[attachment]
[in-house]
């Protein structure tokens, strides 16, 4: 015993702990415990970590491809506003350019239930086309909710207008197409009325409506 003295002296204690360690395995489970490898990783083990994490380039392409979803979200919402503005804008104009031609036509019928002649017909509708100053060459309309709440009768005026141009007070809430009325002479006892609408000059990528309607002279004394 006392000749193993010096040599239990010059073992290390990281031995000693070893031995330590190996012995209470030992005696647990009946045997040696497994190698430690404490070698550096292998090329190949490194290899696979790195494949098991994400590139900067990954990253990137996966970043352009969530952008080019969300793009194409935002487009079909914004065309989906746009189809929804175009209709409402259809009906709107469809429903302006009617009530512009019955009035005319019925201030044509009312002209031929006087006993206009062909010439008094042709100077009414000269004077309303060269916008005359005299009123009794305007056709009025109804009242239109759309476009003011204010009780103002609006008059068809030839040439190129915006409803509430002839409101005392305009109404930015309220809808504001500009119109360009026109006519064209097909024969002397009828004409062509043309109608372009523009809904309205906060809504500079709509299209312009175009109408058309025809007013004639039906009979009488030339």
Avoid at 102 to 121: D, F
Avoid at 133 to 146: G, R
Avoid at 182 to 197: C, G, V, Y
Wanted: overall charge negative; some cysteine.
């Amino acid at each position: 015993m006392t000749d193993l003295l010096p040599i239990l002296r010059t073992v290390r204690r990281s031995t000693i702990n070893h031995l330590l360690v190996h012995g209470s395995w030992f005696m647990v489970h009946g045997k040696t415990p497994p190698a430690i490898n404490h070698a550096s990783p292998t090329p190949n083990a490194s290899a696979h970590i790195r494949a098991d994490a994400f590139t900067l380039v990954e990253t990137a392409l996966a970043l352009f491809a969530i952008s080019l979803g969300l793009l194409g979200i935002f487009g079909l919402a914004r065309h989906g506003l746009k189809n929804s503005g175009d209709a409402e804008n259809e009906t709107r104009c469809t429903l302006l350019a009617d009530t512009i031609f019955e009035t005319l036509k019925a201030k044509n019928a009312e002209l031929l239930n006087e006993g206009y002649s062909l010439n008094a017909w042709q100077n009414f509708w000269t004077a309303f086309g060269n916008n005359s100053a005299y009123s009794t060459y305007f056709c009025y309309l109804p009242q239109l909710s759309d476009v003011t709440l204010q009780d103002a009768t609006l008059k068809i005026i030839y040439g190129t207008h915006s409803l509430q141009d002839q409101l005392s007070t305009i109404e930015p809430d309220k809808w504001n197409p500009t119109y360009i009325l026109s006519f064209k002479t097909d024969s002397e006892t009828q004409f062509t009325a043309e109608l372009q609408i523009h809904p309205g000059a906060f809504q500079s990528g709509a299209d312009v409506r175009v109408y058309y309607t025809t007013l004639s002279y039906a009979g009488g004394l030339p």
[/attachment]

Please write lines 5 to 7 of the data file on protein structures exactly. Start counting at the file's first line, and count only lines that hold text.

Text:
Avoid at 182 to 197: C, G, V, Y
Wanted: overall charge negative; some cysteine.
């Amino acid at each position: 015993m006392t000749d193993l003295l010096p040599i239990l002296r010059t073992v290390r204690r990281s031995t000693i702990n070893h031995l330590l360690v190996h012995g209470s395995w030992f005696m647990v489970h009946g045997k040696t415990p497994p190698a430690i490898n404490h070698a550096s990783p292998t090329p190949n083990a490194s290899a696979h970590i790195r494949a098991d994490a994400f590139t900067l380039v990954e990253t990137a392409l996966a970043l352009f491809a969530i952008s080019l979803g969300l793009l194409g979200i935002f487009g079909l919402a914004r065309h989906g506003l746009k189809n929804s503005g175009d209709a409402e804008n259809e009906t709107r104009c469809t429903l302006l350019a009617d009530t512009i031609f019955e009035t005319l036509k019925a201030k044509n019928a009312e002209l031929l239930n006087e006993g206009y002649s062909l010439n008094a017909w042709q100077n009414f509708w000269t004077a309303f086309g060269n916008n005359s100053a005299y009123s009794t060459y305007f056709c009025y309309l109804p009242q239109l909710s759309d476009v003011t709440l204010q009780d103002a009768t609006l008059k068809i005026i030839y040439g190129t207008h915006s409803l509430q141009d002839q409101l005392s007070t305009i109404e930015p809430d309220k809808w504001n197409p500009t119109y360009i009325l026109s006519f064209k002479t097909d024969s002397e006892t009828q004409f062509t009325a043309e109608l372009q609408i523009h809904p309205g000059a906060f809504q500079s990528g709509a299209d312009v409506r175009v109408y058309y309607t025809t007013l004639s002279y039906a009979g009488g004394l030339p």